However, Sunday proved that notion to be completely wrong. Is Sanchez maddeningly inconsistent? Yes, no one is debating that here. However, Sanchez’s inconsistencies are becoming much less frequent, they are just magnified to the highest degree. Early in Sanchez’s career, his inconsistencies were tolerated because the supporting cast around him usually picked them up. Now, Sanchez’s supporting cast is not nearly as strong, so the burden is on him to carry this team, a role that he is slowly easing into.
Sanchez’s inconsistencies are also much more discussed because of the market he plays in. This is New York, where excellence is demanded. This fan base has zero patience, and if the first guy in line isn’t getting it done, there is an immediate call for the next guy. But is Sanchez the only inconsistent quarterback in the NFL? Absolutely not. Could you imagine if quarterbacks like Jay Cutler, Michael Vick, or Cam Newton were on this team? They would be massacred just as bad, if not worse, than Sanchez.
When it comes to the Jets, the truth is, that Mark Sanchez is, by far, the best option at quarterback for now and for the future. Look at the alternatives. Are you going to hand the offense over to Tim Tebow and become truly one-dimensional? The Jets would be foolish to do so. Tebow could not complete Sanchez’s touchdown pass to Dustin Keller from this past Sunday once out of one hundred attempts. Whether he is a competitor or not, Tebow is not nearly the NFL quarterback that Sanchez is, and the coaching staff knows this. Why do you think Tebow gets only a handful of plays each week?
The second option to possibly replacing Sanchez is to draft another quarterback. This would set the Jets back a minimum of five more years. This team needs pass rush help in the worst way possible, and using a first round selection on a quarterback, just 4 years after trading up to acquire Sanchez with the fifth overall pick would be downright foolish. Talk about a market that has very little patience, and you want to replace Sanchez, a player on the cusp of taking the next step, with a guy who you’d essentially be starting completely over with? Not going to happen, Jets fans.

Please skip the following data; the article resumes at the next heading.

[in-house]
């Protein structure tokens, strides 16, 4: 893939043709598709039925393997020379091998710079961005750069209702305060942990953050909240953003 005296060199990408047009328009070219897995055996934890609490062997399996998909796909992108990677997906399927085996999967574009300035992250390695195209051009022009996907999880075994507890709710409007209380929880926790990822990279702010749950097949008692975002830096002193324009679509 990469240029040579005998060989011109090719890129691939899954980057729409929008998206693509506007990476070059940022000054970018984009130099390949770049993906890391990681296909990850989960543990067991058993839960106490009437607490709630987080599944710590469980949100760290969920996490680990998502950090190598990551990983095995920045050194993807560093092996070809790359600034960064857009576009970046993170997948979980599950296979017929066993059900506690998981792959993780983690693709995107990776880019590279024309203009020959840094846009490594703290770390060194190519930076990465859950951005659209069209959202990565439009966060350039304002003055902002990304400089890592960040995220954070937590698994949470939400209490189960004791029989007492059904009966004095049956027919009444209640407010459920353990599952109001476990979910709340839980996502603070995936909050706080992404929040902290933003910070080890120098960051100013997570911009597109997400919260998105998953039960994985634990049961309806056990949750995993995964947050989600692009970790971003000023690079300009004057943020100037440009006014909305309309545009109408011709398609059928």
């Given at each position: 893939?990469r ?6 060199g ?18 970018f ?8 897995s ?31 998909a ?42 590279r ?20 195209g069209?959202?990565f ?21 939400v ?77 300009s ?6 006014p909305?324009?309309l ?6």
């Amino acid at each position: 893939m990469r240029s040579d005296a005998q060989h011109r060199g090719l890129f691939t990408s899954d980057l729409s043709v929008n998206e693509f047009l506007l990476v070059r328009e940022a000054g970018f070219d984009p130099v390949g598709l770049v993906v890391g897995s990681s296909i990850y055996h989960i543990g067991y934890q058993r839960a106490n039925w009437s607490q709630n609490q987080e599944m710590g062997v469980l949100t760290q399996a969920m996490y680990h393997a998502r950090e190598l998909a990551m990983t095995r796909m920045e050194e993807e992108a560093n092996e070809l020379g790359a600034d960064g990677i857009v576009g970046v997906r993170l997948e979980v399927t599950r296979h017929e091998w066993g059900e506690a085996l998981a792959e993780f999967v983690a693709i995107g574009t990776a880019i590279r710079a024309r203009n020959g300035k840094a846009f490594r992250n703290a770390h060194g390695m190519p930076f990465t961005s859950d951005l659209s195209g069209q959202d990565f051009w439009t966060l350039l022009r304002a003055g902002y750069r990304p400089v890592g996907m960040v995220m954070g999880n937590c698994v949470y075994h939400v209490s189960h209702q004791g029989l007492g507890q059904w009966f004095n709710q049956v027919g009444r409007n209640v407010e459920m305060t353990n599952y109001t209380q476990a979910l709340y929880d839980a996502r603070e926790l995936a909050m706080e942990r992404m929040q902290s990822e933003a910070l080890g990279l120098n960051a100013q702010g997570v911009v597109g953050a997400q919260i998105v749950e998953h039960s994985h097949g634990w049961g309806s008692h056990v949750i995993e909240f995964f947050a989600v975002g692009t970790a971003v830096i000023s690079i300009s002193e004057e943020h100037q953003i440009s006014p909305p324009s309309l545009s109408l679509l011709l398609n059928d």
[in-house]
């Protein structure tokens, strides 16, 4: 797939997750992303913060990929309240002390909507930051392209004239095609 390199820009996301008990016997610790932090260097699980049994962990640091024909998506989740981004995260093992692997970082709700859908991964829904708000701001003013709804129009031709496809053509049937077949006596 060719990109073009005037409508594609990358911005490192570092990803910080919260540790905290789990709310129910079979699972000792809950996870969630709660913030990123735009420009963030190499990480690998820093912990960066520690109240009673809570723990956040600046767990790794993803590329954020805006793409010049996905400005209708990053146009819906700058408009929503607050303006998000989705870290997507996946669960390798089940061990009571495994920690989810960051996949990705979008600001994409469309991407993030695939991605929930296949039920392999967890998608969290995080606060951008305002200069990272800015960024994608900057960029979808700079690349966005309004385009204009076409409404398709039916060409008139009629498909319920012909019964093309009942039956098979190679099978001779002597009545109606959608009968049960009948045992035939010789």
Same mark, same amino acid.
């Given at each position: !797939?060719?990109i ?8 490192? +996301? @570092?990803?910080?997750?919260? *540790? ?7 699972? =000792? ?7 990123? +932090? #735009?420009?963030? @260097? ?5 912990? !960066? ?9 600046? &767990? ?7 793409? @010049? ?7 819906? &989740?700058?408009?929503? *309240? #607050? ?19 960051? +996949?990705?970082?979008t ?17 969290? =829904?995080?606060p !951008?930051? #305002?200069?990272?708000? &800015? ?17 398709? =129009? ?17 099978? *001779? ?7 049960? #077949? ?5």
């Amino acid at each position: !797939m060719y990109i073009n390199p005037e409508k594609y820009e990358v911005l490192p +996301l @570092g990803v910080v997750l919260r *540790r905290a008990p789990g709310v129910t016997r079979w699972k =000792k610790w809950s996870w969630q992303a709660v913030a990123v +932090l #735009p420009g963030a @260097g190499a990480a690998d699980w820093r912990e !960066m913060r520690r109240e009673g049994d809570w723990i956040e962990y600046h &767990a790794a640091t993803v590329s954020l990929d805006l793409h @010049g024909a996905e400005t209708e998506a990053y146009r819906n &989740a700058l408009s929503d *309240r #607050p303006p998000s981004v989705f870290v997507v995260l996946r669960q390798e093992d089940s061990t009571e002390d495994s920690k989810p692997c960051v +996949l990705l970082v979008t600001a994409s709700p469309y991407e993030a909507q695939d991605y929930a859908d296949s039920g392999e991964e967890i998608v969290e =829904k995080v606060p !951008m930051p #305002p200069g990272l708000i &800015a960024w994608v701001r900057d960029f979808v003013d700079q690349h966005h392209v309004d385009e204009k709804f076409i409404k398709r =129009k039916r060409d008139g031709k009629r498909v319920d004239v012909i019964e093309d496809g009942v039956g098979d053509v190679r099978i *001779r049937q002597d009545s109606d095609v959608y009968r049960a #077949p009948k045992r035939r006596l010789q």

New York’s fan base should not be discouraged by this, but should rather be excited about Sanchez as their quarterback. Yes, he has the flaws listed above, but he is also beginning to develop a moxie that we haven’t seen from him. When watching the Jets, we are beginning to see glimpses of Sanchez displaying the attitude that this is his team. The comparisons to Eli Manning’s early career are frequent, yet completely warranted. You can’t help but think about how Tiki Barber came out and knocked Manning after his third year in the league, following the running back’s retirement, eerily similar to how LaDanian Tomlinson came out and claimed that the organization babied Sanchez, and questioned whether or not he could ever truly develop into a great player.
Manning also took a giant step forward when the Giants lost Jeremy Shockey, a diva tight end who demanded the ball, during their first Super Bowl run, eventually trading the fan favorite away the following offseason. Could that be what we are seeing take place with the recent loss of Santonio Holmes? Maybe, maybe not, but the bottom line is that Sanchez is finally beginning to develop some cohesion with his offensive teammates. The chemistry being built with guys like Jeremy Kerley and Stephen Hill is extremely encouraging and obvious. Since the loss of Holmes, Kerley has established himself as the Jets top receiving option, hauling in 15 passes for 238 yards in the past 3 games. Hill, on the other hand, is beginning to develop a feel for his new quarterback, as displayed by the adjustment he made on the route on his touchdown reception against the Colts a couple of weeks ago. Dustin Keller proved to be a deadly option for Mark Sanchez in his first game back, something many expected him to do. The running game is suddenly rejuvenated and we are seeing formerly questioned guys like Shonn Greene and Joe McKnight now being praised for playing through injuries and displaying an extreme sense of dedication and tenacity.
The skinny on Sanchez and this team is simple. The core of this offense is in place with an abundance of young players that are developing more and more each week. Sanchez will prove to be the glue that holds it all together, for a group that has an extremely promising future. This offense could potentially develop into one of the most cohesive and talented units in the league in the years to come. Abandoning that now by getting rid of Sanchez would simply be foolish, and would likely go down as yet another move that would haunt this franchise for years to come.